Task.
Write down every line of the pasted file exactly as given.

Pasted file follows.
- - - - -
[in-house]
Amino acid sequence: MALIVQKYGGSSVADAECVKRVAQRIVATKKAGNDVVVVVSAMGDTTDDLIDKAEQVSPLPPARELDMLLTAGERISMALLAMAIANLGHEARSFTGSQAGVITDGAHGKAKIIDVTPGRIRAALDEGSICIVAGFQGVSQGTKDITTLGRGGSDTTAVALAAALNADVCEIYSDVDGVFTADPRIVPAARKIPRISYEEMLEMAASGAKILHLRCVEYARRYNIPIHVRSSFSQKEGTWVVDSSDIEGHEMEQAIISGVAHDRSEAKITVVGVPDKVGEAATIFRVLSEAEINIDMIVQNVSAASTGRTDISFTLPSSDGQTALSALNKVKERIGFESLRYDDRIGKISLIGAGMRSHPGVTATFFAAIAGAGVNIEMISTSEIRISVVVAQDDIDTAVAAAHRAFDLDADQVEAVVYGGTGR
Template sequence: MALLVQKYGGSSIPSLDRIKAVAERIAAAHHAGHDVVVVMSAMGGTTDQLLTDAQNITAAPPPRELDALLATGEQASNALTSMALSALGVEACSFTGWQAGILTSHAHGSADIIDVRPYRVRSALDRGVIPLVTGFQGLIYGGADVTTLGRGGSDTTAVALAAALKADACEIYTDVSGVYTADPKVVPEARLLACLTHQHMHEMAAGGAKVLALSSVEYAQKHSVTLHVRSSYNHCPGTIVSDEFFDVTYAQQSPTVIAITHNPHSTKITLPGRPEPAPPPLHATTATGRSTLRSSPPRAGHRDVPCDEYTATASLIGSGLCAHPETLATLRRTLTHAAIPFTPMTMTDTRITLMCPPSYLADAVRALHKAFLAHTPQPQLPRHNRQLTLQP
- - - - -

[in-house]
Amino acid sequence: MALIVQKYGGSSVADAECVKRVAQRIVATKKAGNDVVVVVSAMGDTTDDLIDKAEQVSPLPPARELDMLLTAGERISMALLAMAIANLGHEARSFTGSQAGVITDGAHGKAKIIDVTPGRIRAALDEGSICIVAGFQGVSQGTKDITTLGRGGSDTTAVALAAALNADVCEIYSDVDGVFTADPRIVPAARKIPRISYEEMLEMAASGAKILHLRCVEYARRYNIPIHVRSSFSQKEGTWVVDSSDIEGHEMEQAIISGVAHDRSEAKITVVGVPDKVGEAATIFRVLSEAEINIDMIVQNVSAASTGRTDISFTLPSSDGQTALSALNKVKERIGFESLRYDDRIGKISLIGAGMRSHPGVTATFFAAIAGAGVNIEMISTSEIRISVVVAQDDIDTAVAAAHRAFDLDADQVEAVVYGGTGR
Template sequence: MALLVQKYGGSSIPSLDRIKAVAERIAAAHHAGHDVVVVMSAMGGTTDQLLTDAQNITAAPPPRELDALLATGEQASNALTSMALSALGVEACSFTGWQAGILTSHAHGSADIIDVRPYRVRSALDRGVIPLVTGFQGLIYGGADVTTLGRGGSDTTAVALAAALKADACEIYTDVSGVYTADPKVVPEARLLACLTHQHMHEMAAGGAKVLALSSVEYAQKHSVTLHVRSSYNHCPGTIVSDEFFDVTYAQQSPTVIAITHNPHSTKITLPGRPEPAPPPLHATTATGRSTLRSSPPRAGHRDVPCDEYTATASLIGSGLCAHPETLATLRRTLTHAAIPFTPMTMTDTRITLMCPPSYLADAVRALHKAFLAHTPQPQLPRHNRQLTLQP